The children were the curators, the engineers and designers. Materials took on whole new personas in the shadowy landscapes. The walls and ceiling became their artist’s canvas, adorned with patterns, shapes and a myriad of colours and hues. It is such a rich source of language from narratives to mathematical and scientific literacy. Words such as transparent, opaque, iridescent were uttered but all were fully grounded in context.
Magical carpet rides, underwater scenes with colourful fish, magical castles, mighty machines can all be conjured up. An ordinary object when placed in the light can be transformed, taking on special qualities. The construction play items and loose parts were utilised to create amazing scenarios.
Otherwise, you can send a request for assistance to your local STEM hub. Here is the link for finding a STEM Ambassador: https://www.stem.org.uk/stem-ambassadors/find-a-stem-ambassador.
If you want to tie in an activity with a particular topic or to run a fun STEM activity during science week then you can mention that in your request. It is best to put in the request 2-3 months beforehand to allow time for a STEM Ambassador to respond and for you both to plan the activity together and locate resources.
Some local STEM hubs are extremely proactive and provide all sorts of exciting STEM activities and challenges, both directly to schools and via their STEM Ambassadors. Below is a link to one such hub whose on-line activities are open to all, not just those within their region: https://www.thestemhub.org.uk/
Sourcing the materials needed
One of the drawbacks of running STEM activities is the need for resources. However, a lot of activities can be done at a minimal cost and using upcycled materials which the pupils can collect and bring in from home. This also encourages recycling, linking to environmental awareness. It is also very useful to know the contents of your school cupboards; in particular which tools are available and also what electrical parts you have if you plan to do any exciting STEM projects which involve electricity.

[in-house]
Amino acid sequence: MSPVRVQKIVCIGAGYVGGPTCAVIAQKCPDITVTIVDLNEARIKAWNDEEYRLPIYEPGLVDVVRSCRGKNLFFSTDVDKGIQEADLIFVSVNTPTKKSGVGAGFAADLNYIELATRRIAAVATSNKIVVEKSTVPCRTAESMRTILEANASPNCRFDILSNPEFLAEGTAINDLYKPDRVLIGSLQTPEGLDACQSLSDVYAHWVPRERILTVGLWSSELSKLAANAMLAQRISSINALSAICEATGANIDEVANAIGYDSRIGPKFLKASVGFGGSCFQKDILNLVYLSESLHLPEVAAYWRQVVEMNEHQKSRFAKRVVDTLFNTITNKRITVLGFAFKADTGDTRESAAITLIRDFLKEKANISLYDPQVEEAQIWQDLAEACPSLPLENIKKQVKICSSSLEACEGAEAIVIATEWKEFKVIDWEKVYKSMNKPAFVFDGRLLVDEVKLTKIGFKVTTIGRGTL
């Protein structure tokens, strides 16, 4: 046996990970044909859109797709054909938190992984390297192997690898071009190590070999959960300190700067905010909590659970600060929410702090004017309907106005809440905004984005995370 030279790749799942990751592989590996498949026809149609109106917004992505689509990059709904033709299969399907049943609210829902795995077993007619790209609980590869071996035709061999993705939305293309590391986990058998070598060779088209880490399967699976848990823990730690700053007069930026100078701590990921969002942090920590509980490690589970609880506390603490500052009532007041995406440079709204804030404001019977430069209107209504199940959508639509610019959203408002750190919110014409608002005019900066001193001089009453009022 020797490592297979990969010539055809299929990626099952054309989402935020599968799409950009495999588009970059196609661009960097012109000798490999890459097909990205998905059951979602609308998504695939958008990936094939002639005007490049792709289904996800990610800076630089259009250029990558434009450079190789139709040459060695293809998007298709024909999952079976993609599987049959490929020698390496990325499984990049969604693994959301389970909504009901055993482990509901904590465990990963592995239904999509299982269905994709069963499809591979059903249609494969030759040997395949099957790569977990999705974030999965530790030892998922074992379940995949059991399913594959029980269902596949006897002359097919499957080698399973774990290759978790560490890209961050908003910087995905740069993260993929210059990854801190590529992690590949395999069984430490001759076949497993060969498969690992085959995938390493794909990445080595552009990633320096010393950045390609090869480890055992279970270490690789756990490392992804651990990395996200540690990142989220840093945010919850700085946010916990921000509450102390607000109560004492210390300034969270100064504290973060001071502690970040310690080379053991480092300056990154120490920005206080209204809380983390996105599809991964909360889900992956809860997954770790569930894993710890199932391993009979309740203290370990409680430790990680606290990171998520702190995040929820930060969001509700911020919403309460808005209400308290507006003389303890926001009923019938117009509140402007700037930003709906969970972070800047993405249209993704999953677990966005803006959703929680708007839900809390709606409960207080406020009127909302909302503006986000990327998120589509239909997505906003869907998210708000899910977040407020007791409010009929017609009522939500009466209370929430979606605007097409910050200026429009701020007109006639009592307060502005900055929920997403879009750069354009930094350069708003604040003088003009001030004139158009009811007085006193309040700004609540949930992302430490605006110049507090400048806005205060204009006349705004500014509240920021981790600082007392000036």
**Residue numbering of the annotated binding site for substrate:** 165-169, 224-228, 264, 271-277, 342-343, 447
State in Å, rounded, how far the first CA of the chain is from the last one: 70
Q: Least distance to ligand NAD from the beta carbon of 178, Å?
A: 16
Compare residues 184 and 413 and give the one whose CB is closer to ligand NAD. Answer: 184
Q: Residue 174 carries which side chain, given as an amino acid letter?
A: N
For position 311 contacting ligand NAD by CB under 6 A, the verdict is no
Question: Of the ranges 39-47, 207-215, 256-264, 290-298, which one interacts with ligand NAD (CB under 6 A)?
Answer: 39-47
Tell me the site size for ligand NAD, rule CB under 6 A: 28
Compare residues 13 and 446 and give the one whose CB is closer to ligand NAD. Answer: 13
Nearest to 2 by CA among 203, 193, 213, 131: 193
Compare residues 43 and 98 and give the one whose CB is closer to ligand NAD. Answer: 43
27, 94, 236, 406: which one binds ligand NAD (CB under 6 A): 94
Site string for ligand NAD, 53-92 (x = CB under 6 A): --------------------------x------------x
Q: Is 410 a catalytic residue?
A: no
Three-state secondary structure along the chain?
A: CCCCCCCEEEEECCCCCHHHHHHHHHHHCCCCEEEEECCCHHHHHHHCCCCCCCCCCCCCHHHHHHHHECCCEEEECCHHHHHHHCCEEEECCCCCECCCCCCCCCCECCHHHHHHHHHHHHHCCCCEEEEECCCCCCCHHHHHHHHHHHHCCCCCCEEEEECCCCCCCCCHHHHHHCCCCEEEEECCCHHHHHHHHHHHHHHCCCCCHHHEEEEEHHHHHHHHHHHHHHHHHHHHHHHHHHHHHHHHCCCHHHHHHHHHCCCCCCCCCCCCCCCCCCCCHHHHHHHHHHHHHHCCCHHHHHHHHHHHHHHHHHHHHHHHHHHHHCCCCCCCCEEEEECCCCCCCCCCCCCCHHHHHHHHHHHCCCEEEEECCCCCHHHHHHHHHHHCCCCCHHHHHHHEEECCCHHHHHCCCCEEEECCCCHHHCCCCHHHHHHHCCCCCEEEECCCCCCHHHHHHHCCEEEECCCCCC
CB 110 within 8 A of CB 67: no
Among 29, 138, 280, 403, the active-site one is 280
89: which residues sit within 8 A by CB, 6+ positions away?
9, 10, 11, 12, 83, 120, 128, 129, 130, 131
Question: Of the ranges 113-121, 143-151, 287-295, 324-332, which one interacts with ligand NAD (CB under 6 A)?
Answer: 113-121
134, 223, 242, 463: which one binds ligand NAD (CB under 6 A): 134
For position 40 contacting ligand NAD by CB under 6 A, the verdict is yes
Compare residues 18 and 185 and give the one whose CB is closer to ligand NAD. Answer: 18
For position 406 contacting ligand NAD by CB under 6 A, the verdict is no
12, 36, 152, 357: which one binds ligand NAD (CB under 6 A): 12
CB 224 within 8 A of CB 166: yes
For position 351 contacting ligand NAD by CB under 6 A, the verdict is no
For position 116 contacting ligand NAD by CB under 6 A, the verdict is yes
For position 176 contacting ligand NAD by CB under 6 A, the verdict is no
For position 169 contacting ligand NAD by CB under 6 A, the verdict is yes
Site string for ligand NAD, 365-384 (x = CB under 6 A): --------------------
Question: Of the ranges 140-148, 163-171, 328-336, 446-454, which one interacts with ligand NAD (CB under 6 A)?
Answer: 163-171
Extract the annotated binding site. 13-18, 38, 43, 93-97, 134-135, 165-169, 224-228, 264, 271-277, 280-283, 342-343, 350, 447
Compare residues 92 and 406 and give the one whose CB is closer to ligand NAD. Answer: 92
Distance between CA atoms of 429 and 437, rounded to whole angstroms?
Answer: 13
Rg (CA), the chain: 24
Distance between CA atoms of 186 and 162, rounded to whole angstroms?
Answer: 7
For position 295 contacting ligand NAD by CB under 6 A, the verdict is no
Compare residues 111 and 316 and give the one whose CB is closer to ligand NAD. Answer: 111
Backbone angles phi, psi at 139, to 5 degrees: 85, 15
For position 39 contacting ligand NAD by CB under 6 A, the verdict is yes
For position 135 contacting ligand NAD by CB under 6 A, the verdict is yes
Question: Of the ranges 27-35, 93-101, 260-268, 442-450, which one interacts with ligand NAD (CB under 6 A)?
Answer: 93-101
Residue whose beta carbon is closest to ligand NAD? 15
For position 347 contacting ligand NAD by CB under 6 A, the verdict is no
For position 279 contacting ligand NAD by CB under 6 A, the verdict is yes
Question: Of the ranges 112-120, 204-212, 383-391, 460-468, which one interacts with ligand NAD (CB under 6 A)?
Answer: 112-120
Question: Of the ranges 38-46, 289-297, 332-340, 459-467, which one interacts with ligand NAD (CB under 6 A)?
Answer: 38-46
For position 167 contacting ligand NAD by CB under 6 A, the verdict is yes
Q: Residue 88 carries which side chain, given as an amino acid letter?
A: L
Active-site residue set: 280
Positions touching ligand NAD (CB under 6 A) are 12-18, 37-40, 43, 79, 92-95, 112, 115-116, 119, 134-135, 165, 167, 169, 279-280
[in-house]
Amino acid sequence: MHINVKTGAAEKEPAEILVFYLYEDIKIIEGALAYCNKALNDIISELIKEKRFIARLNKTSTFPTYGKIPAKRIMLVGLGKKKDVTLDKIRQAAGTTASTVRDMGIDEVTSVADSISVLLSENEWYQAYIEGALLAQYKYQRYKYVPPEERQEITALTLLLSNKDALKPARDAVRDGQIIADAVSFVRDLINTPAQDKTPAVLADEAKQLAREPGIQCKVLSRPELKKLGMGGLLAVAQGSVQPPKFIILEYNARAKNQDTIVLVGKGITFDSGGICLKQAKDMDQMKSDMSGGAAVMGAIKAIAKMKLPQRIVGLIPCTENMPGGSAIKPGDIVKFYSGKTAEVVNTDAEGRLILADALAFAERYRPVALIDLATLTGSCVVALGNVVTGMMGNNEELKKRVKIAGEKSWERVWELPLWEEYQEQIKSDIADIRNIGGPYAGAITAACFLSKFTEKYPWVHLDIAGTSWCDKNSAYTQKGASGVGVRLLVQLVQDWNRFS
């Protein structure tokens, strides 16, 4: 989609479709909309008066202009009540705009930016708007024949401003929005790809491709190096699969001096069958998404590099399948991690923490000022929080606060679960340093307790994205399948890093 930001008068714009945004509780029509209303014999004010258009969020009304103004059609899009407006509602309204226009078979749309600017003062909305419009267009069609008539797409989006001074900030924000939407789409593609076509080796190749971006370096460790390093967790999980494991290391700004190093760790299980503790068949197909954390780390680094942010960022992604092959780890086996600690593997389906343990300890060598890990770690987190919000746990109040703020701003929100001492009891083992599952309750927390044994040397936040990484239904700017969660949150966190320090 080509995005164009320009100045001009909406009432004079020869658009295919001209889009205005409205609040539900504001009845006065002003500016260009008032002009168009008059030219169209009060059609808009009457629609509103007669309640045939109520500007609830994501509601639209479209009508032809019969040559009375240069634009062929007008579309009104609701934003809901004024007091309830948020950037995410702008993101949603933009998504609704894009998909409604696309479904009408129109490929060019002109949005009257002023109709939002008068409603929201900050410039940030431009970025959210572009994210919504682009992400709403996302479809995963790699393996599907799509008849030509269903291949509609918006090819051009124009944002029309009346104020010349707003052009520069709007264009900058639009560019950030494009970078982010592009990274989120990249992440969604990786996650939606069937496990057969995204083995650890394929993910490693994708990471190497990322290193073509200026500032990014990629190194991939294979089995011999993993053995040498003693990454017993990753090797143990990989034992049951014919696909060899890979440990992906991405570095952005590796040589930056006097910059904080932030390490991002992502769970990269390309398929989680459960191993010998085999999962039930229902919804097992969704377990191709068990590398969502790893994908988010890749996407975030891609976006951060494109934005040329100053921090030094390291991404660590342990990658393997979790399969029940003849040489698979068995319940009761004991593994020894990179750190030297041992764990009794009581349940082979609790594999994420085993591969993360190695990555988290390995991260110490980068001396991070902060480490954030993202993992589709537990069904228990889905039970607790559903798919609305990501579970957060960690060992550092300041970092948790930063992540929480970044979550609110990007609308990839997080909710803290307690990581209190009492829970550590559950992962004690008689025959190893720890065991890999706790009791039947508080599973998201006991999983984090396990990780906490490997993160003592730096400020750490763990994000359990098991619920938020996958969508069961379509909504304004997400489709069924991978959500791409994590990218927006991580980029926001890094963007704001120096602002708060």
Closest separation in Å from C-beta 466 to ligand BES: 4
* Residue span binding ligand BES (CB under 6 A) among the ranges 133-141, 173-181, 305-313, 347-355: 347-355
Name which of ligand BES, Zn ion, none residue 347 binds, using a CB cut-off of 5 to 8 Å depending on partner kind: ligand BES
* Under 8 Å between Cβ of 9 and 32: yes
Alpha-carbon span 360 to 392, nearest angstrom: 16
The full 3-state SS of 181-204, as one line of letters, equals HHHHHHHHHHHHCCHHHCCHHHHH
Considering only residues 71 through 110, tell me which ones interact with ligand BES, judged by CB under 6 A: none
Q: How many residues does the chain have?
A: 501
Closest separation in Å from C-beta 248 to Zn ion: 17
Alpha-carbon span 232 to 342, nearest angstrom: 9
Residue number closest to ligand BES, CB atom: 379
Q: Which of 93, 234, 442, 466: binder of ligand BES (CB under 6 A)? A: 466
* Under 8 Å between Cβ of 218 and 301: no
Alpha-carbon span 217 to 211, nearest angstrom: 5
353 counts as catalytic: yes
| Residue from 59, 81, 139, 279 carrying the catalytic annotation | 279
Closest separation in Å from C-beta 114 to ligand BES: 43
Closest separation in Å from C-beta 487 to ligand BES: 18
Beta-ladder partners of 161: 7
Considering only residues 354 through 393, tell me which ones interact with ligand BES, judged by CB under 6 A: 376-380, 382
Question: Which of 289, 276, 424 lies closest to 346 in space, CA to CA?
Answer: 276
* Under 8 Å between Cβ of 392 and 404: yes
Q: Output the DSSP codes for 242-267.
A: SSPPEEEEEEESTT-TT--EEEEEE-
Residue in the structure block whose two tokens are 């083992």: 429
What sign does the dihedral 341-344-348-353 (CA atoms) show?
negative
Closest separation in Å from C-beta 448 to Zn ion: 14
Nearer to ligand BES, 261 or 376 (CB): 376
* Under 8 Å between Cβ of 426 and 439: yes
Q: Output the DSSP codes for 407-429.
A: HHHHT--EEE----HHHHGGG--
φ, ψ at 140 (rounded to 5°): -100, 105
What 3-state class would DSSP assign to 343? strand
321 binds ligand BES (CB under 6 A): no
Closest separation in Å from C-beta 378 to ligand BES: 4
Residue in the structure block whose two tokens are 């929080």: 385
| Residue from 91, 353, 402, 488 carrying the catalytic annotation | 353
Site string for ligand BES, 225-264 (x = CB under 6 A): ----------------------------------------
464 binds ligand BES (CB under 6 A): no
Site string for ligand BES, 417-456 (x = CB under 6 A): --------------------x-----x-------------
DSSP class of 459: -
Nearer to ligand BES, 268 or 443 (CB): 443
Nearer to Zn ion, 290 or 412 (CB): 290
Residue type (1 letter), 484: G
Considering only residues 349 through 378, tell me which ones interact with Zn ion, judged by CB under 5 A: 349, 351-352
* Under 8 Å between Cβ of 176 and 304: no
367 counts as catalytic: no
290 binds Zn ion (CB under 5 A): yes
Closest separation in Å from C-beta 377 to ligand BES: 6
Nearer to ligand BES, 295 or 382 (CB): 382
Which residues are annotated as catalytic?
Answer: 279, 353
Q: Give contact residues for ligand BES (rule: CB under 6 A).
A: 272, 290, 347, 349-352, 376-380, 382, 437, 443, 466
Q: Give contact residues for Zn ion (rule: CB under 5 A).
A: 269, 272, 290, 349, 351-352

If you are collecting items such as milk bottle lids for wheels, bubble wrap, egg boxes and other materials for egg parachutes, plastic pots for compasses and transparent plastic bottles for Cartesian divers then you might want to start a while before the activity to give the pupils time to create a stockpile. This will also require space, so it is an advantage to collect small bottles, plastic pots etc.
If you are very ambitious and want to tackle the more exciting projects such as electric cars, renewable energy or programmable projects then you can purchase complete kits with all of the resources you need. Some local companies have money set aside to support local initiatives, and some of the STEM Ambassador hubs have a little funding available to help their STEM Ambassadors to deliver activities.
Some national organisations can be approached to support materials for STEM activities too, for instance the Institute of Physics has a schools grant: https://www.iop.org/about/support-grants/school-grants-scheme#gref and the Institution of Mechanical Engineers has a schools and clubs engineering challenge fund: https://www.imeche.org/careers-education/scholarships-and-awards/education-awards/Schools-and-Clubs-Engineering-Challenge-Fund
Many thanks to Caroline Alliston for the content included in this blog.